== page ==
Drilling Down From the ‘Big Picture”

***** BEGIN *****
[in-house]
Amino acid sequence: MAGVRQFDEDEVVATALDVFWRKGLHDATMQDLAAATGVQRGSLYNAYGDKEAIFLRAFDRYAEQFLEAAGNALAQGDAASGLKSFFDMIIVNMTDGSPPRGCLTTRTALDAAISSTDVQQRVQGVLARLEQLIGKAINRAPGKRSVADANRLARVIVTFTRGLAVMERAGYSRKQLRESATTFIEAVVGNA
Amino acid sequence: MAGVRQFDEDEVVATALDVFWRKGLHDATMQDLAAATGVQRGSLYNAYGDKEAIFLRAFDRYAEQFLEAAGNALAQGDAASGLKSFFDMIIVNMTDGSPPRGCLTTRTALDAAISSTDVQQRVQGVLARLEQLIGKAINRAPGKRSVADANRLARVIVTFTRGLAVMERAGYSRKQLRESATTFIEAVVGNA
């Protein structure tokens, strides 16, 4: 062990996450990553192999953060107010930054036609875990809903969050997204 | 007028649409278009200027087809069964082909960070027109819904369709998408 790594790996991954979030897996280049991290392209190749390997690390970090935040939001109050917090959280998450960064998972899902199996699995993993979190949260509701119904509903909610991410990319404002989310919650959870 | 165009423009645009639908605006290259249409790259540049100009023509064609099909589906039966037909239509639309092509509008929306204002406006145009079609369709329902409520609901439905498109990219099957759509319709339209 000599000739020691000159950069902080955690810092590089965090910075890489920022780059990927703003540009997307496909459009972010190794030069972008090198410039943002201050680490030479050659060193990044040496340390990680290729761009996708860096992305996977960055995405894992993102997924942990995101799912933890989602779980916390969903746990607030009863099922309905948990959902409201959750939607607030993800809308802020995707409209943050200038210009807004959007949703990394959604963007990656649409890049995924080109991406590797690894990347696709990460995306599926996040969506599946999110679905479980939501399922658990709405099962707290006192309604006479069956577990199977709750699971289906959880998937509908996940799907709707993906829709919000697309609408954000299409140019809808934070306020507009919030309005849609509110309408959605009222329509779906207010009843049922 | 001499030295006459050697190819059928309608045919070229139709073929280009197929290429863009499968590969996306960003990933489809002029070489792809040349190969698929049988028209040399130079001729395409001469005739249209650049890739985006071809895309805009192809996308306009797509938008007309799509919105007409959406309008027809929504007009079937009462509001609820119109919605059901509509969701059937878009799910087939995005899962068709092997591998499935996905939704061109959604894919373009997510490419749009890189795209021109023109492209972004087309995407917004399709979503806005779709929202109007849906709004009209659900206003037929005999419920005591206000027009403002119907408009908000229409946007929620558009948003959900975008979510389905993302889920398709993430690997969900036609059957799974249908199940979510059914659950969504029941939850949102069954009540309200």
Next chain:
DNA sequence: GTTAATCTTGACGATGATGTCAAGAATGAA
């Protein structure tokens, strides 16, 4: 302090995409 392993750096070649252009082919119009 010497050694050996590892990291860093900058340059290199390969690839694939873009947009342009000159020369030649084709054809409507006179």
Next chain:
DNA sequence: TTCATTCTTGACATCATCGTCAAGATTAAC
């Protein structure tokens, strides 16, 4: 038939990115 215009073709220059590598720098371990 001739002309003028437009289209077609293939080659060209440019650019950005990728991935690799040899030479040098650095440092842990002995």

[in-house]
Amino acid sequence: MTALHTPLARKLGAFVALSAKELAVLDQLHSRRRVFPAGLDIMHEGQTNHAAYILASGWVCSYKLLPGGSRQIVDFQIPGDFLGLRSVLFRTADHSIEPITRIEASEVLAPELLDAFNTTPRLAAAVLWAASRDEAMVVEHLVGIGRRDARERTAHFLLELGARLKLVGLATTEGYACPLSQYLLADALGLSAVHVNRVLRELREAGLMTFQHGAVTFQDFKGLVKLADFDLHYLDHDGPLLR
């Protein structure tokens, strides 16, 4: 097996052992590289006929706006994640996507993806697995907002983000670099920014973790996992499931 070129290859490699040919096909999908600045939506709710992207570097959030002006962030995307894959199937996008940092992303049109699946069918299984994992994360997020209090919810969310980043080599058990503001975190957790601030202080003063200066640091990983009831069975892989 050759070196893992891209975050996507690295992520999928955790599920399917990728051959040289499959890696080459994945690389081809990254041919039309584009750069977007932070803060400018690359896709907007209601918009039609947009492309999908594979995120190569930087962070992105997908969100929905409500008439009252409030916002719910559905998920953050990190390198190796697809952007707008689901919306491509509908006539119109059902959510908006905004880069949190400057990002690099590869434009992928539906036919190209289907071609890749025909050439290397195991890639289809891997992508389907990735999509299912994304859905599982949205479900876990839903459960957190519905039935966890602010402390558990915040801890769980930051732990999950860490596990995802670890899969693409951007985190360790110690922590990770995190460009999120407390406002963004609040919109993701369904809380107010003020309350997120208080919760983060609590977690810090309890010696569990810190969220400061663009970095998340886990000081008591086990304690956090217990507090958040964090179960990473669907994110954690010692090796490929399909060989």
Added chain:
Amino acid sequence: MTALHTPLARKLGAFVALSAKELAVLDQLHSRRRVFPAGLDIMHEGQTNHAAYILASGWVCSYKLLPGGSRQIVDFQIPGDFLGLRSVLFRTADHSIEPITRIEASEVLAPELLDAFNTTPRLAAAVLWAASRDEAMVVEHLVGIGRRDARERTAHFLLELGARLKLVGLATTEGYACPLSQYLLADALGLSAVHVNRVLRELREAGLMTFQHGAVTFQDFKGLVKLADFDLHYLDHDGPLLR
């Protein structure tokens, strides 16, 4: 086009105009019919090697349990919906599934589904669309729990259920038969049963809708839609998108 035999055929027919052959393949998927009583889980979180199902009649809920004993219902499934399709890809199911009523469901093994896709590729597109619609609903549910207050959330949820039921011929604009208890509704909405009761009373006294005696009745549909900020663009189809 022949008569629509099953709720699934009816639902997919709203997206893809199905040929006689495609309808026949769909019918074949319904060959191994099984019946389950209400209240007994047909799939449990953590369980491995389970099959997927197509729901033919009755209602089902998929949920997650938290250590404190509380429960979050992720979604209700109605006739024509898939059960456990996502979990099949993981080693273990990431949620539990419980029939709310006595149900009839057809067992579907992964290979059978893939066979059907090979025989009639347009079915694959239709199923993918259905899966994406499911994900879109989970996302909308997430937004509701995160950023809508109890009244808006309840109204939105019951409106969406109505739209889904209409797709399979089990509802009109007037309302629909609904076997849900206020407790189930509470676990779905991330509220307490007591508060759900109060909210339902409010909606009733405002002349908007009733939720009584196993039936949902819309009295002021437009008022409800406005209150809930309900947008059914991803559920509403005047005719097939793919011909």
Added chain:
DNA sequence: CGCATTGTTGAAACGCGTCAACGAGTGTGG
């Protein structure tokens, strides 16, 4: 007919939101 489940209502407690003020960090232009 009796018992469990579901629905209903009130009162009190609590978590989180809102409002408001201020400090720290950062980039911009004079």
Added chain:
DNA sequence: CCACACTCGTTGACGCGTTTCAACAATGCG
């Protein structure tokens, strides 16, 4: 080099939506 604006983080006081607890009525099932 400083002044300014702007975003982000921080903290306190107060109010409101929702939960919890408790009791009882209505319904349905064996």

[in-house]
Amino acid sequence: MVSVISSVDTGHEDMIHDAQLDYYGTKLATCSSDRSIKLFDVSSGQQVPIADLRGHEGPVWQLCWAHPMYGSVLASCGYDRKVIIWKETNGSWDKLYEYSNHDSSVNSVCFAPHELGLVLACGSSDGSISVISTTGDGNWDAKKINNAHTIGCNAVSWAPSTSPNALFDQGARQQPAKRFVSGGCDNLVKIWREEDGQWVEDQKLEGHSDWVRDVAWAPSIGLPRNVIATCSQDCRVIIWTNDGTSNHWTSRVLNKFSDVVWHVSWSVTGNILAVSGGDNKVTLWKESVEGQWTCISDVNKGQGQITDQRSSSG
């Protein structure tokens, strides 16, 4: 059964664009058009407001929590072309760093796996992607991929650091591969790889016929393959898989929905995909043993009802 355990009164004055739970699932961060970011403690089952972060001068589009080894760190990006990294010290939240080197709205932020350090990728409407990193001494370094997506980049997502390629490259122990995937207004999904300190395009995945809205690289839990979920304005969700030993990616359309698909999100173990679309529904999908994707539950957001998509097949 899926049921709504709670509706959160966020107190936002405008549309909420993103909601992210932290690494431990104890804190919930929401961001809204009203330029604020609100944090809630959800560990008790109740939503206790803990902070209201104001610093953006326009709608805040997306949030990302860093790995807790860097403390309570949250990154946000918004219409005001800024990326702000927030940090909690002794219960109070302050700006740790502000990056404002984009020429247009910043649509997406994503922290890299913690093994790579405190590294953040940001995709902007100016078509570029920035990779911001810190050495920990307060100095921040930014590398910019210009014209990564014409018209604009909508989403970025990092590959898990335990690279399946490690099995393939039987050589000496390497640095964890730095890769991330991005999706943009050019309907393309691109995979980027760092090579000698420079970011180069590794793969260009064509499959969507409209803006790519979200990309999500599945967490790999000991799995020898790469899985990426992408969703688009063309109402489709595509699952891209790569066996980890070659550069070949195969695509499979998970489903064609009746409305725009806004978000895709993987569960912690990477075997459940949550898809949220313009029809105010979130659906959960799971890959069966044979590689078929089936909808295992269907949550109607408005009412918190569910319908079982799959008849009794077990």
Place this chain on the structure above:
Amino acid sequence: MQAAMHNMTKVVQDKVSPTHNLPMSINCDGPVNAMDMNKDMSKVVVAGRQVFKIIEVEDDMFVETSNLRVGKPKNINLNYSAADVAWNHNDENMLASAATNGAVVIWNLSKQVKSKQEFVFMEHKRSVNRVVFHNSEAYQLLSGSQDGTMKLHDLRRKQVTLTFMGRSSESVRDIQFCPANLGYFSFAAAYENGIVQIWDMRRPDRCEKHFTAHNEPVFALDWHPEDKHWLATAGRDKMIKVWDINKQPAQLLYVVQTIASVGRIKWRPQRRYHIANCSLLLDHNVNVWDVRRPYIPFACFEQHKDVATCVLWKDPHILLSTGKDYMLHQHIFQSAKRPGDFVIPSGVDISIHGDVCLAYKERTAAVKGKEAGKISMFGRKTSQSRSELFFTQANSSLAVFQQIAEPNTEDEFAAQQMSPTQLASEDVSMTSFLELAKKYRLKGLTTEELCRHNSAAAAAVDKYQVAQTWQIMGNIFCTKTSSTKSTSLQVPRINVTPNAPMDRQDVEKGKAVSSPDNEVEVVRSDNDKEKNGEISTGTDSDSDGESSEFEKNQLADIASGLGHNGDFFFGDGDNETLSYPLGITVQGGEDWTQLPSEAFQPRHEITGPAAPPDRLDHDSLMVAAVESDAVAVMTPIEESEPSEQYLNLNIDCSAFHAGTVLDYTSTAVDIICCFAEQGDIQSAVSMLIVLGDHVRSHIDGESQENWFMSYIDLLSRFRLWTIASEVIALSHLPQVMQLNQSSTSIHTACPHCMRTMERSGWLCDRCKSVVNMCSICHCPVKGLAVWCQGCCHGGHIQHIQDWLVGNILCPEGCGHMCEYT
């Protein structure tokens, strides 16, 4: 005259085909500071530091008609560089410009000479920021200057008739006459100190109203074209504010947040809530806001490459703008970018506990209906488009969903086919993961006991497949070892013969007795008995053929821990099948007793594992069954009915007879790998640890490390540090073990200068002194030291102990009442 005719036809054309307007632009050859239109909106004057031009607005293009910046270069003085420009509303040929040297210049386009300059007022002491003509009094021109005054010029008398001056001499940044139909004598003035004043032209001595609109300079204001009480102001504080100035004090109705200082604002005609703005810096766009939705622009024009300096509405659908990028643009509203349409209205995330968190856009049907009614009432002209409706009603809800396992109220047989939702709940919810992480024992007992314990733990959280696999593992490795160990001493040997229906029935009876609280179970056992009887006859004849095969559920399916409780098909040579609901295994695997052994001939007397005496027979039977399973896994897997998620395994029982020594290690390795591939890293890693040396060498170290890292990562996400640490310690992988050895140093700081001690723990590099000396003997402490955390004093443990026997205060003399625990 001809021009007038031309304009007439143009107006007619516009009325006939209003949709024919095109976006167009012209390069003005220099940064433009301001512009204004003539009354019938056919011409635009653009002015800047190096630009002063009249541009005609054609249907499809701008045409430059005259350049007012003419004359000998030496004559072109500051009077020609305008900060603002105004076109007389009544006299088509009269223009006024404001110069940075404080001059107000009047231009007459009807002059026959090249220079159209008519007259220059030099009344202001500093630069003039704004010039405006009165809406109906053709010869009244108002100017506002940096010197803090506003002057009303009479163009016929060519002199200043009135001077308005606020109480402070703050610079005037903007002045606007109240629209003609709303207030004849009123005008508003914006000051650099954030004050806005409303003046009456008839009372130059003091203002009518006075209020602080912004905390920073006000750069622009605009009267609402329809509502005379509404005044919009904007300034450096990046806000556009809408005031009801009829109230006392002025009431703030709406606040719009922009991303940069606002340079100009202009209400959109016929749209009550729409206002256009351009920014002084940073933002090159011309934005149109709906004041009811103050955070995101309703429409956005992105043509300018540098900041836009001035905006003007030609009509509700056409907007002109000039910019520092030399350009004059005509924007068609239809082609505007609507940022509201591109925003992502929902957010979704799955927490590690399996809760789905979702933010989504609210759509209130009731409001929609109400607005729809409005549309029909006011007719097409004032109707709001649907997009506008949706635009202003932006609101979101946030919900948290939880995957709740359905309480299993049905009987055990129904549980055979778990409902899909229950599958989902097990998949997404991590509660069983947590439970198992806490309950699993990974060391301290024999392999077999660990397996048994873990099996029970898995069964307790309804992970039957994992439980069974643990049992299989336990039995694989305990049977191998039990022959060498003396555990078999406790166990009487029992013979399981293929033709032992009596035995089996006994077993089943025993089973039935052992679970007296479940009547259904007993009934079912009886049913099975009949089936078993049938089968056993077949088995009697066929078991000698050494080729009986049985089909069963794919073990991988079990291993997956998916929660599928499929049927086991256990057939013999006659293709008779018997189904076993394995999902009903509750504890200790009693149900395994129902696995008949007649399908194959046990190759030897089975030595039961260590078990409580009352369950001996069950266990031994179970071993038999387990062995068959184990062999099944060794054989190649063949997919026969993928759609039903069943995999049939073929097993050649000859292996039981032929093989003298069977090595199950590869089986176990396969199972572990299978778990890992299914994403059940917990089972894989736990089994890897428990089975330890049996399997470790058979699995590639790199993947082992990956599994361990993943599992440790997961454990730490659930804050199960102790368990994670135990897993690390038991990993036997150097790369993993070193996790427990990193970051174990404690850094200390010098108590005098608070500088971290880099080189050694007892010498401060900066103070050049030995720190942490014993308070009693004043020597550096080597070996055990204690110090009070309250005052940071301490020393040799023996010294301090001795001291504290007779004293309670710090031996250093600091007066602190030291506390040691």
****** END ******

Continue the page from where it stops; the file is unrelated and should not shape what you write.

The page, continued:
If you want to be sure that you know where you are going, start with the big picture of your life goals first of all. Just as in business plans, battle plans and other plans for key objectives, your personal development objectives plan needs to first tackle the major objectives by defining them clearly against the “smart” model to ensure that they are specific (do you know what they are), measurable (will you be able to tell if you have achieved them), achievable (are they within reasonable striking distance), realistic (do they make sense, do they bring a significant, positive and relevant change) and time-bound (by when or what date do you want to get this done). Once you have your objectives in place, it’s time to make your personal improvement strategy. This is a little lower than the 30,000 feet level that you were at with your objectives, but you are still pretty high up. Your strategy gives the major methods, elements or steps necessary to achieve your objectives. At the same time, it does not explain how to accomplish each of the major steps or how to implement the different methods required. To understand this better, you need to then drill down again to get to a tactical level and then a specific action level. Actions at ground level The tactical level of personal development planning is in fact just one step removed from the real ground-level action plan. The tactics describe, in a general way, the nature of the actions that you will carry out in order to execute on the strategy in order to attain your objectives. They’ll describe what you need to do, but without specifying when or where. They’ll also link back to your strategy. A tactic, as a stand-alone item, is often meaningless. It is when it is related back to the strategy and the objectives that it makes sense. Finally, your action plan lays out specific actions and timescales in order to really move towards your goals. Just like tactics, actions taken out of context don’t mean much. Any personal development action that you take must be clearly linked back to, via tactics and strategy to the overall objectives, so that it can be shown to be a valuable and relevant thing to do in the context of your “big picture”. Planning to win Let’s take an example from a military scenario. Let’s suppose that you are a commander whose objective is to rout enemy forces from their encampment on a hill where they are firmly positioned and defended. For good measure, let’s make this a “smart” objective by saying that you have 48 hours in which to do this. Your strategy might be to attack from the side where you know that the enemy has stockpiled its provisions on a rocky ledge and has posted fewer lookouts. Your tactical moves could then be to create diversions by bombarding the enemy at the front and on the other side, while your shock troops sneak round to scale the ledge and catch the enemy unawares. Your action plan then schedules the initial bombardment, the movement of your shock troops and the coordination of all attacks. Published at: https://www.isnare.com/?aid=277826&ca=Self+Help